The Center for Popular Music at Middle Tennessee State University is tuning up for a new series of special “unconferences” about old-time music, taking advantage of the last year’s “unusual” learning opportunities — and newfangled technology — to reach an even wider audience each month.
“Old-Time Music in the 21st Century Unconference 1: Authenticity and the Revival” kicked off the series Feb. 12 via Zoom.
The event featured Grammy-winning and nominated musician and former Carolina Chocolate Drops member Dom Flemons, renowned music professor and author
Lydia Hamessley and the center’s own music historian and archivist John Fabke, who also manages its Grammy-winning Spring Fed Records label.
Center director Greg Reish, a music scholar and old-time musician, and global history interdisciplinarian and musician Dan Margolies served as hosts for the 90-minute virtual event.
The full discussion is available to watch above or via the center’s YouTube channel at https://youtu.be/9bcn47ePRYI.
Organizers say the “unconference” title stems from their intent to keep the gatherings as “radically decentered conversations,” keeping a core group of panelists to discuss each topic with audience members who tune in online. Follow-up events are set for Friday, March 12, and Friday, April 16.
Flemons, a member of the groundbreaking and Grammy-winning Carolina Chocolate Drops from their 2005 founding until 2013, has released five albums as a solo performer and with other musicians, including his 2018 Grammy-nominated “Black Cowboys.”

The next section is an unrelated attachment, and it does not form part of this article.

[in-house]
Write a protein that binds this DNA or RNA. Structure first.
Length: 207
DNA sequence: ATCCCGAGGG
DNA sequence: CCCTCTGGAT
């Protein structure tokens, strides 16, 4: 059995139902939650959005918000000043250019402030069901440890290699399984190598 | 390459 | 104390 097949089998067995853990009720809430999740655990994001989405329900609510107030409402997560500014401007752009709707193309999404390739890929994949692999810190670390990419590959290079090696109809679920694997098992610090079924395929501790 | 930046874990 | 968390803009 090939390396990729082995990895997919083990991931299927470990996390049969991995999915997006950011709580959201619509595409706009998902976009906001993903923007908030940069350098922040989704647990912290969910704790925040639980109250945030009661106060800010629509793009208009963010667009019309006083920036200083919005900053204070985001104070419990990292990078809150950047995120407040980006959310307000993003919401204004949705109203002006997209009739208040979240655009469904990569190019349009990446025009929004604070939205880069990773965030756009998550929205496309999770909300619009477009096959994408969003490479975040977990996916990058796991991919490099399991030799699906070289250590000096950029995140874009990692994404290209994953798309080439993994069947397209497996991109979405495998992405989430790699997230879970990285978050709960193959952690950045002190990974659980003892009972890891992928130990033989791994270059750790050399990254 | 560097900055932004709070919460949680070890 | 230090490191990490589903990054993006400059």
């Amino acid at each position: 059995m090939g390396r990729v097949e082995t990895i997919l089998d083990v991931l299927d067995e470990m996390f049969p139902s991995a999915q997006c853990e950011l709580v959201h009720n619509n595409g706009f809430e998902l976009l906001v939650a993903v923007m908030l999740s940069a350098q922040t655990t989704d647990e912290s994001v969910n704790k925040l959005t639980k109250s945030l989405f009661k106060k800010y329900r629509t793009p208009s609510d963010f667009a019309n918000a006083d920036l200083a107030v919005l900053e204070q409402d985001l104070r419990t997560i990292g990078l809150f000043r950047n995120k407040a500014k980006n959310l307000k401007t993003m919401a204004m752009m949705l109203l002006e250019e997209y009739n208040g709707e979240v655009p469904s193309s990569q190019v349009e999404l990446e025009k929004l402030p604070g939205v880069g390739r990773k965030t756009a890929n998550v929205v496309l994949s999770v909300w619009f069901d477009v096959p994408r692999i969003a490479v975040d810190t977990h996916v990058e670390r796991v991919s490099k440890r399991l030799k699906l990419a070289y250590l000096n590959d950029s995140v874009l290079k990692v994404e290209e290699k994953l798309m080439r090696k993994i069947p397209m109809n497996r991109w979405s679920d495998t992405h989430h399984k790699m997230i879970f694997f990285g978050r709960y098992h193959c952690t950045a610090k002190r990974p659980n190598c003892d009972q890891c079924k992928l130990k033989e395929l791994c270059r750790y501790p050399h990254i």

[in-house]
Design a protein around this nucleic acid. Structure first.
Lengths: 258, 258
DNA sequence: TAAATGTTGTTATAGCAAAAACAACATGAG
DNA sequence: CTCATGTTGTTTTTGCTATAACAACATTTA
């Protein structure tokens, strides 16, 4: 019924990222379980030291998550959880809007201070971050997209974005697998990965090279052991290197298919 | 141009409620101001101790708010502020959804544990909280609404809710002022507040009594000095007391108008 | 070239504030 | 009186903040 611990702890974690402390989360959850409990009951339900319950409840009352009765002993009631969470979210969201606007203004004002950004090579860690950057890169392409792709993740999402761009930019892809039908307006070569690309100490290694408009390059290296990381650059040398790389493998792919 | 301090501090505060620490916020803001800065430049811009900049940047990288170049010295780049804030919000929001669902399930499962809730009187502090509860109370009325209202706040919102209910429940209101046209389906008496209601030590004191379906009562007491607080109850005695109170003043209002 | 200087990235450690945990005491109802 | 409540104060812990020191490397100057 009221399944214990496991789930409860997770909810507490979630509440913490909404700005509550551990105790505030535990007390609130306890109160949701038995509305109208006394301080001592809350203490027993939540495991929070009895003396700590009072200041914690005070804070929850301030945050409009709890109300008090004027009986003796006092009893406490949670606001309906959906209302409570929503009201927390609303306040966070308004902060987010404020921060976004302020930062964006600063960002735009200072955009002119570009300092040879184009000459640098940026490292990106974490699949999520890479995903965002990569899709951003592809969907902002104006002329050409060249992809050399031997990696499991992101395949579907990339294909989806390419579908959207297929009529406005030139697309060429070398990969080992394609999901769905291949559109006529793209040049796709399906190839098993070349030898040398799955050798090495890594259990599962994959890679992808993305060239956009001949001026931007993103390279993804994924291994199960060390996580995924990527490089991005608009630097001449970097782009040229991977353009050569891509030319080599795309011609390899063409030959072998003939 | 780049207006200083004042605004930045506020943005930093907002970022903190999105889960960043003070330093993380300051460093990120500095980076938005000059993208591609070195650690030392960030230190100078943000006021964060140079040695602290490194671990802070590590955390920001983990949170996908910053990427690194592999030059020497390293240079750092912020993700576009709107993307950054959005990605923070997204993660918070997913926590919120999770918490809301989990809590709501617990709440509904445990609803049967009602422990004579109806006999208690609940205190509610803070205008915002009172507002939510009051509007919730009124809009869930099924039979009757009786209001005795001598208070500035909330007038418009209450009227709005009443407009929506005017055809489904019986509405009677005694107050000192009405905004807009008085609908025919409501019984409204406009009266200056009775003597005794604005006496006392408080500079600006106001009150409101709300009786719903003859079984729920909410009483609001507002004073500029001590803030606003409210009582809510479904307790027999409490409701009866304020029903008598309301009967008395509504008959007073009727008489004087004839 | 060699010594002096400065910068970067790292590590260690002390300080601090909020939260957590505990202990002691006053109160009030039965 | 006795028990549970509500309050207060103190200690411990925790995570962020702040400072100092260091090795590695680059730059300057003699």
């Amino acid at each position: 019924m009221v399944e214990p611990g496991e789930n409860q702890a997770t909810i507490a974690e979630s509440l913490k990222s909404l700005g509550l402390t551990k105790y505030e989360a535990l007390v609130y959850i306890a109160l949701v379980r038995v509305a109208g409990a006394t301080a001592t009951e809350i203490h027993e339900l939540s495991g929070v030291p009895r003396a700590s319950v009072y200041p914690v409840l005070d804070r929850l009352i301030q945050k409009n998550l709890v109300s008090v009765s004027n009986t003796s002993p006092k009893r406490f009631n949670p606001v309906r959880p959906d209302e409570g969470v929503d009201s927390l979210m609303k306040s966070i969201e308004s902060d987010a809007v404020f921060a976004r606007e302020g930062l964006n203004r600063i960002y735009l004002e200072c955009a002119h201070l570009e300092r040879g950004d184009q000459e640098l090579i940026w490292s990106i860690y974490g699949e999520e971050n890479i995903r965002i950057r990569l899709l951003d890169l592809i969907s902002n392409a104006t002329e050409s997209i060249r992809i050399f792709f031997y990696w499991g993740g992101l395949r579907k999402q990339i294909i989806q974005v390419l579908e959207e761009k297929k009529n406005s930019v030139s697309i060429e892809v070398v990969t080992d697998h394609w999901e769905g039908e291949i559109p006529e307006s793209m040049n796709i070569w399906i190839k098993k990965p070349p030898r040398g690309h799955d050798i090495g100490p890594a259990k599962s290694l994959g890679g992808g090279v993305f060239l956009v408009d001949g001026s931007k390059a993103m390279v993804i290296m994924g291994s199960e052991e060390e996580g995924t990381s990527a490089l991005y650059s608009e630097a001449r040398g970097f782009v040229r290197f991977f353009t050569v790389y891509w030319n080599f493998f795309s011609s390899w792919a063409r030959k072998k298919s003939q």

Dubbed the “American Songster” for his interests in and performances of American music stretching across nearly 100 years, Flemons’ musical specialties include old-time music, Piedmont blues and neotraditional country.
Hamessley teaches courses in country music, Medieval and Renaissance music, music and film, and world music at Hamilton College in Clinton, New York. Also a musician, the professor’s research specialty is old-time and bluegrass music with an emphasis on women and southern Appalachia.
Her 2020 book, “Unlikely Angel: The Songs of Dolly Parton,” addresses the myriad ways Parton incorporates her cultural and musical heritage, including old-time music, into her songs about women’s lives.
Fabke, a historian, archivist and musician who first joined the Center for Popular Music as an intern almost a decade ago, has handled important archival projects that include the center’s Grammy grant-funded Charles K. Wolfe Audio Collection and Marvin Hedrick Bean Blossom Collection and the songs collection for the “My Homeland Tennessee: Research Guide to Songs About Tennessee.”
He’s managed the Spring Fed label, which focuses on the traditional music of Tennessee and the South, since 2014. Spring Fed released its first CD recorded in MTSU’s studios, the old-time fiddle music “Tennessee Breakdown,” last year; its newest CD, “Rural Felicity: Fiddle Tunes from 18th and 19th Century North America,” is now available.
The Center for Popular Music at MTSU, part of the College of Media and Entertainment, is one of the world’s oldest and largest research centers devoted to studying American folk and popular music from the early 18th century to the present.
The center also develops and sponsors programs in American vernacular music and presents special concerts, lectures and events for the campus community.
For more information on the Center for Popular Music and its projects and special events, visit www.mtsu.edu/popmusic.
— Gina E. Fann (firstname.lastname@example.org)